About this Research Topic
Maturation in herpesviruses initiates in the nucleus of the infected cell, with encapsidation of viral DNA to form nucleocapsids. These nucleocapsids are transported across the nuclear membrane into the cytoplasm utilizing a sophisticated nuclear egress complex (NEC) composed of host and viral factors. Cytoplasmic phase of virus maturation includes tegumentation and envelopment. Herpesvirus tegument proteins play important roles in maintaining the stability of capsids and directing the acquisition of virus envelope. The maturation concludes with the envelopment of nucleocapsids, which occurs at modified host membranes in the cytoplasm and exploits host vesicular trafficking. The entire process of virus maturation is orchestrated by protein–protein interactions and enzymatic activities of viral and host origin. This collection of original research articles and literature reviews focuses on herpesvirus maturation and the cellular processes that are exploited for the gain of infectivity by herpesviruses, with an emphasis on viral and host factors involved in this process.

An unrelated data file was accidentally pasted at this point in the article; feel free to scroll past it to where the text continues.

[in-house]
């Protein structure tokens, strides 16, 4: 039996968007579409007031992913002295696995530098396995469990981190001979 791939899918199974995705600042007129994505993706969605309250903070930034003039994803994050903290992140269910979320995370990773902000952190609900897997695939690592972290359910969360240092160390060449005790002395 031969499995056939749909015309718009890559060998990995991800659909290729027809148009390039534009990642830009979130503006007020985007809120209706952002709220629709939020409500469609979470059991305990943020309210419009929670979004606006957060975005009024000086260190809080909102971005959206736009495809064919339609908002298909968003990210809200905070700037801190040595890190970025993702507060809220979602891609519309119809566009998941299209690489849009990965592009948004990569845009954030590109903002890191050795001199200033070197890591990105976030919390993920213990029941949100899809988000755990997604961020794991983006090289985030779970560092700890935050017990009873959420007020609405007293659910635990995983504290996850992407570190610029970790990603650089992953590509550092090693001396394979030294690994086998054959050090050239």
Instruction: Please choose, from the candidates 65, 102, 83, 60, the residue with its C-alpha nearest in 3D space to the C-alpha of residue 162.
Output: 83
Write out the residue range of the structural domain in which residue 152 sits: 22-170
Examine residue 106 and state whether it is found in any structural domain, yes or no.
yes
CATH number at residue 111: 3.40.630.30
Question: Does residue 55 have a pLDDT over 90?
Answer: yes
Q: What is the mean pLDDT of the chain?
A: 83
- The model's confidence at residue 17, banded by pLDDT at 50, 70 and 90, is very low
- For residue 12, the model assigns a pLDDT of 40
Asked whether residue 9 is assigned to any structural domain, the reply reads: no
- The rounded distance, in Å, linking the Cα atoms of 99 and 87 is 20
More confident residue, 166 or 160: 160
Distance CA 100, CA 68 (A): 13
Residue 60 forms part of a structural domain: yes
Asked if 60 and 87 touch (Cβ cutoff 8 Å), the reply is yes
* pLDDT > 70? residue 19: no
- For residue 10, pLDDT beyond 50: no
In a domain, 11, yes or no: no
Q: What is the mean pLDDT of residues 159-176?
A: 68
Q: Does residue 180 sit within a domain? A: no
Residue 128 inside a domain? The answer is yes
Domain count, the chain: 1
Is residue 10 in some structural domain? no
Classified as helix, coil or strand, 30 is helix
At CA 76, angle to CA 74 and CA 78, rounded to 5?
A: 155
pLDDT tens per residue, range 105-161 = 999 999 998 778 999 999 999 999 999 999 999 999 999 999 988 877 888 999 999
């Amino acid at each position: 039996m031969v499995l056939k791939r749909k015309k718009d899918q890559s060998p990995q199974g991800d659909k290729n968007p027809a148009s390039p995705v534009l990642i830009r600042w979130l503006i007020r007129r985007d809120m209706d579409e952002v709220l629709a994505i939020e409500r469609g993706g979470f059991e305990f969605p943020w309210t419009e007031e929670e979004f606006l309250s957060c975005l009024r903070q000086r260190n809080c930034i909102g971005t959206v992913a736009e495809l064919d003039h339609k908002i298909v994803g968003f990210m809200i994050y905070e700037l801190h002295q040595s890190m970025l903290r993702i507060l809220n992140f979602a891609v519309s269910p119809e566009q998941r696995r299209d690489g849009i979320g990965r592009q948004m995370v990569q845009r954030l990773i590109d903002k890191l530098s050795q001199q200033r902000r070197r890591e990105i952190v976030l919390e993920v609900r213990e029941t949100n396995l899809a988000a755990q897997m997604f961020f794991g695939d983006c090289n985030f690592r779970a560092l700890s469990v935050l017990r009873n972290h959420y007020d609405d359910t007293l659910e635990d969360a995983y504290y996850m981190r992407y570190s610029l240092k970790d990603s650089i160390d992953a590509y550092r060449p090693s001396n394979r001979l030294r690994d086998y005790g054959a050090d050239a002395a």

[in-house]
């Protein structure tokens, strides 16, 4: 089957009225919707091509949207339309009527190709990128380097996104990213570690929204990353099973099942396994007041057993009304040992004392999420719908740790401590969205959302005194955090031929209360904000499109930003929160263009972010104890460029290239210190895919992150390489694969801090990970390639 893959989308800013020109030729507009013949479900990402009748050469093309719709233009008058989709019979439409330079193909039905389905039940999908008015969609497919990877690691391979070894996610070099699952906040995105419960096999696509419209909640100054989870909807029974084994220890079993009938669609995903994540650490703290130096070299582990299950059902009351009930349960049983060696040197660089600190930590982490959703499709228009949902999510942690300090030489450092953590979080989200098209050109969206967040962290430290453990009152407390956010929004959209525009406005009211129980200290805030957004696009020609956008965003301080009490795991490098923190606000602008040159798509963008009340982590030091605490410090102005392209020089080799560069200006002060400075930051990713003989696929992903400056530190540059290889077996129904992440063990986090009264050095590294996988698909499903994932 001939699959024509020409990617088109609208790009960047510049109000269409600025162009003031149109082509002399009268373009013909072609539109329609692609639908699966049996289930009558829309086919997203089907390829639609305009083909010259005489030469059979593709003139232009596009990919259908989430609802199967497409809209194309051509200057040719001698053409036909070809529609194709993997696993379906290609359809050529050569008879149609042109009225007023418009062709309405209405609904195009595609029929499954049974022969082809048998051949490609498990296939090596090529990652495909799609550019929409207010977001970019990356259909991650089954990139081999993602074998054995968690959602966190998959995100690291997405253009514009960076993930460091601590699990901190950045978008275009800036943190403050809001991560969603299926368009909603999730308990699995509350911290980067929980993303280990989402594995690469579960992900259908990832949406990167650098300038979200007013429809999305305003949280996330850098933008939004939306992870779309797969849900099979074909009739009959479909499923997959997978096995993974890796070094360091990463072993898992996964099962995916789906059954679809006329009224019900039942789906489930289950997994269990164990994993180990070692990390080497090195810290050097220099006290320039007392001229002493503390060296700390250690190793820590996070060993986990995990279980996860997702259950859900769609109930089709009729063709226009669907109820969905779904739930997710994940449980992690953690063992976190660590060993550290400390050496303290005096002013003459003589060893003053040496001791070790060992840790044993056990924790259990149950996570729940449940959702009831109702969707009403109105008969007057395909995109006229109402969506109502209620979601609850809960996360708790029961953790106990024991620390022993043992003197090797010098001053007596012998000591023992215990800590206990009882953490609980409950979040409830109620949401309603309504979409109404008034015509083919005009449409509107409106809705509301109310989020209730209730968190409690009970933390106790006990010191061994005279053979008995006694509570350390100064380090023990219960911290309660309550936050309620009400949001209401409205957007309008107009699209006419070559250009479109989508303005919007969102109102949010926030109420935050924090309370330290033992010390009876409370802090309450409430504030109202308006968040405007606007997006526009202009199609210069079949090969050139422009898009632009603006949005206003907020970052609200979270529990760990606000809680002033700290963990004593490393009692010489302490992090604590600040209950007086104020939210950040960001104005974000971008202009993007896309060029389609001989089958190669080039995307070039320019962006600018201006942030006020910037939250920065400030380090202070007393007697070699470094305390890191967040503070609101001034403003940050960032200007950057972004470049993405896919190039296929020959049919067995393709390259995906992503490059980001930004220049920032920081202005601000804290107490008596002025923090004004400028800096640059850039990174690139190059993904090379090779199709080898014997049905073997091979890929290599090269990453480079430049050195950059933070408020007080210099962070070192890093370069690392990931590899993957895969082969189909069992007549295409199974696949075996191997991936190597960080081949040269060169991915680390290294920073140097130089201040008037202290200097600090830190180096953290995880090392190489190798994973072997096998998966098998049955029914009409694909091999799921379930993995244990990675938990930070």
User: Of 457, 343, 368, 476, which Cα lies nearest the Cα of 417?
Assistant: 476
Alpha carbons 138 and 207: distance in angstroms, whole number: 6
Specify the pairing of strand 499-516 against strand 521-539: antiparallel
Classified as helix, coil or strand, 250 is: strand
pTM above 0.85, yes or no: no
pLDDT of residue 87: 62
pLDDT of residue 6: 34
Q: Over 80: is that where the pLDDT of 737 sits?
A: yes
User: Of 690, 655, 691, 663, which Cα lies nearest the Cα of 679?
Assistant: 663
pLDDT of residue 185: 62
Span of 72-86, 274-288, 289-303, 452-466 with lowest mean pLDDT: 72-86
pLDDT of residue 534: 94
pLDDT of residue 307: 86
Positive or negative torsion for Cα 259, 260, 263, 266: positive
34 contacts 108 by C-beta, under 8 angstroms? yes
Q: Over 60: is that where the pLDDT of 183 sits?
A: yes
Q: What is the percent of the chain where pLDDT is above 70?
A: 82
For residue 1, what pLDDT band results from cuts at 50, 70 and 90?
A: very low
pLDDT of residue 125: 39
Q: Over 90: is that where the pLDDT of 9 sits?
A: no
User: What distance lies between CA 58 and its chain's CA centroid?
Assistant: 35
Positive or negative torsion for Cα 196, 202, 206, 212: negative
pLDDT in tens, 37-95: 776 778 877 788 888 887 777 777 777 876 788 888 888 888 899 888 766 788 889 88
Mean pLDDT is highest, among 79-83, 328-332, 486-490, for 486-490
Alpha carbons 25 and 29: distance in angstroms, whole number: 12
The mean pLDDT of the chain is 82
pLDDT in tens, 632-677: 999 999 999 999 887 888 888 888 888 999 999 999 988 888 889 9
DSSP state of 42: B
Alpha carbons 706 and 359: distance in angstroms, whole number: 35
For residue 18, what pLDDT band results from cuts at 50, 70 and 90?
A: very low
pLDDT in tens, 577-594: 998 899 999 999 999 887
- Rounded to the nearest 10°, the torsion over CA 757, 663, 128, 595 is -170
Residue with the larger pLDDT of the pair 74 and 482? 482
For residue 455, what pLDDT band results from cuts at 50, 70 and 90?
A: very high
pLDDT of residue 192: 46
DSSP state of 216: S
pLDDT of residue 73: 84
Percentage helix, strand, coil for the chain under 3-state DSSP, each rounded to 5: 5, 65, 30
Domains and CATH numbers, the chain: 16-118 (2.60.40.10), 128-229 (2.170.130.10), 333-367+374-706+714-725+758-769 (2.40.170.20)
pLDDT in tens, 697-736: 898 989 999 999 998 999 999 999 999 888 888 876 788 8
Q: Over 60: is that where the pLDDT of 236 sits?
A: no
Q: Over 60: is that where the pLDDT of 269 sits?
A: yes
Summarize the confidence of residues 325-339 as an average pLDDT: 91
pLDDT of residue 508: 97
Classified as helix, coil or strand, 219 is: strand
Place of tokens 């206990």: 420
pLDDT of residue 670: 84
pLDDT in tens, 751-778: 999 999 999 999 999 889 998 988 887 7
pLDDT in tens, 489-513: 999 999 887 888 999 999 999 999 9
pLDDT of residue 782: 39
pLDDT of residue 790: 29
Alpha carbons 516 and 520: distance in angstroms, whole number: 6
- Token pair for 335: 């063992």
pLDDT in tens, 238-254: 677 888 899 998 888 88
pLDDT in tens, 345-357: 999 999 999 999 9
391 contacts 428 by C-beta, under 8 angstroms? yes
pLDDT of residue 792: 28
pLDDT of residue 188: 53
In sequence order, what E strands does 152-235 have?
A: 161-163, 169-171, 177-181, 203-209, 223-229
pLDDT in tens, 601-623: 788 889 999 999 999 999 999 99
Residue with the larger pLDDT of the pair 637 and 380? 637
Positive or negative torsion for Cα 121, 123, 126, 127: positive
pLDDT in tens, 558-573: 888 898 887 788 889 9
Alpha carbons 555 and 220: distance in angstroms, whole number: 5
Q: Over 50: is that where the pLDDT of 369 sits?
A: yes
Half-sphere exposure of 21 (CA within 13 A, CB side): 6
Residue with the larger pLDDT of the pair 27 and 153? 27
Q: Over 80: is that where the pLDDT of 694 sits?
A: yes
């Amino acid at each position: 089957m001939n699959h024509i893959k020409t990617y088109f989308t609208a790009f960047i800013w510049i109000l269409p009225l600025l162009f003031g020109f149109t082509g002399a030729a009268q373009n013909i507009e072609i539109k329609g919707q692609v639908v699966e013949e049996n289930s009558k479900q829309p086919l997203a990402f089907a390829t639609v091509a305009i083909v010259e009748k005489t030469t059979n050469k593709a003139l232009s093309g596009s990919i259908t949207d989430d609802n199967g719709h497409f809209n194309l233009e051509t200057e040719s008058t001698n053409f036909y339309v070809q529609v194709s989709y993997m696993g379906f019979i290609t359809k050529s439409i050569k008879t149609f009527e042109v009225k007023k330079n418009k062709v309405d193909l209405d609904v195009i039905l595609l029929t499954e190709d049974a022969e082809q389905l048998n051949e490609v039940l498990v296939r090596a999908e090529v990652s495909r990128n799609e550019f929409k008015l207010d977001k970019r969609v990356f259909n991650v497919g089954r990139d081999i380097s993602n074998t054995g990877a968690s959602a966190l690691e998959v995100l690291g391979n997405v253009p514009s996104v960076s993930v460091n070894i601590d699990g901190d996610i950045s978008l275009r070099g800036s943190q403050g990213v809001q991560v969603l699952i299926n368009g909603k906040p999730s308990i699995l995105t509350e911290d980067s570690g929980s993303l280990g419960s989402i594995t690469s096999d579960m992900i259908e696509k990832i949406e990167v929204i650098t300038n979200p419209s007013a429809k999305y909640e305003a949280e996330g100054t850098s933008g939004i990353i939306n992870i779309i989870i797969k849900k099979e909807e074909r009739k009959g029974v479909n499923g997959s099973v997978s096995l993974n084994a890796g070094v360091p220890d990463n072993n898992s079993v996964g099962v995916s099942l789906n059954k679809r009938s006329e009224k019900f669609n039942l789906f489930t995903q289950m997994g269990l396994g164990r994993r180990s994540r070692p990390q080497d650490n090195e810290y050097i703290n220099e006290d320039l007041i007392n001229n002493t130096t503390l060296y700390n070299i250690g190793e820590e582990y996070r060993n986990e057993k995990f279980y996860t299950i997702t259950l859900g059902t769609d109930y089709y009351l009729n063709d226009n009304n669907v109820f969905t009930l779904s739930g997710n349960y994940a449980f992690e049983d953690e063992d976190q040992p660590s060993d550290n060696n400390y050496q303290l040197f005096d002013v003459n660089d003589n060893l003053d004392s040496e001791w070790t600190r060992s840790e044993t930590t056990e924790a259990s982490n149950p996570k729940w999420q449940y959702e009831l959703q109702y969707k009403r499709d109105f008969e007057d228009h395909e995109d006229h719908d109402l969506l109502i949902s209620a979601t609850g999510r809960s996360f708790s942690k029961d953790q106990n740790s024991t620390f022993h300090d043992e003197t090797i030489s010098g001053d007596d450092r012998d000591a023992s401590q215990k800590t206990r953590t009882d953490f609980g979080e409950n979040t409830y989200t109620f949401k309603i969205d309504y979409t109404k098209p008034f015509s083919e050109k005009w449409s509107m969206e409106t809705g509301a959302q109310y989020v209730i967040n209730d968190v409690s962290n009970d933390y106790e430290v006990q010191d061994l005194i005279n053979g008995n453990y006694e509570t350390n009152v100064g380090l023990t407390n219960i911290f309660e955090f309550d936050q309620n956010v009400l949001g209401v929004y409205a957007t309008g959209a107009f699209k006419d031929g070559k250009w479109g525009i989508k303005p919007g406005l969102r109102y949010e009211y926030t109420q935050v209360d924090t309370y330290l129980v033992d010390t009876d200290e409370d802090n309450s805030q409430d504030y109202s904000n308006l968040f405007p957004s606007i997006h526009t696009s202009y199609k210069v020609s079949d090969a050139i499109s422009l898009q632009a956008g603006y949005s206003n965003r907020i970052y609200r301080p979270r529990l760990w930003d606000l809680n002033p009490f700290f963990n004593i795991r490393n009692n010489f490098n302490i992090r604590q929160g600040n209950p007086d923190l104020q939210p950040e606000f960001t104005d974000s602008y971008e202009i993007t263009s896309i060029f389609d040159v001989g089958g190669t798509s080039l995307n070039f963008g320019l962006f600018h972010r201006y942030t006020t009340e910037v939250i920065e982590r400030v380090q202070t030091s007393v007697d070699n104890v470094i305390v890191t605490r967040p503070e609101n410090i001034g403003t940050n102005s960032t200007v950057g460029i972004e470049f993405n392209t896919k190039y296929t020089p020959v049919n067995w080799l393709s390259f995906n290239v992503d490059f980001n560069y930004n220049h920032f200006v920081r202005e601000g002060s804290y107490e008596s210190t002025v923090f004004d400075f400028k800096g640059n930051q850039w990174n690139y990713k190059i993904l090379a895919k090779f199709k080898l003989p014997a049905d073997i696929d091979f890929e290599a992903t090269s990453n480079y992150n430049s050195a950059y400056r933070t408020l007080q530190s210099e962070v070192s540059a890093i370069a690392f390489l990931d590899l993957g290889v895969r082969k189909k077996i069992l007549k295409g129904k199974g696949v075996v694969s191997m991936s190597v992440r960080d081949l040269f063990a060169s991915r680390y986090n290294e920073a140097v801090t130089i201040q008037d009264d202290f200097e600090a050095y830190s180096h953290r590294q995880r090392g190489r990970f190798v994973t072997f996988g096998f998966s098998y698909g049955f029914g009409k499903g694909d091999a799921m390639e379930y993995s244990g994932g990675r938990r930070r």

Keywords: Cytomeglaovirus, HSV, capsid, tegument, egress, envelope, nuclear budding, pseudorabies
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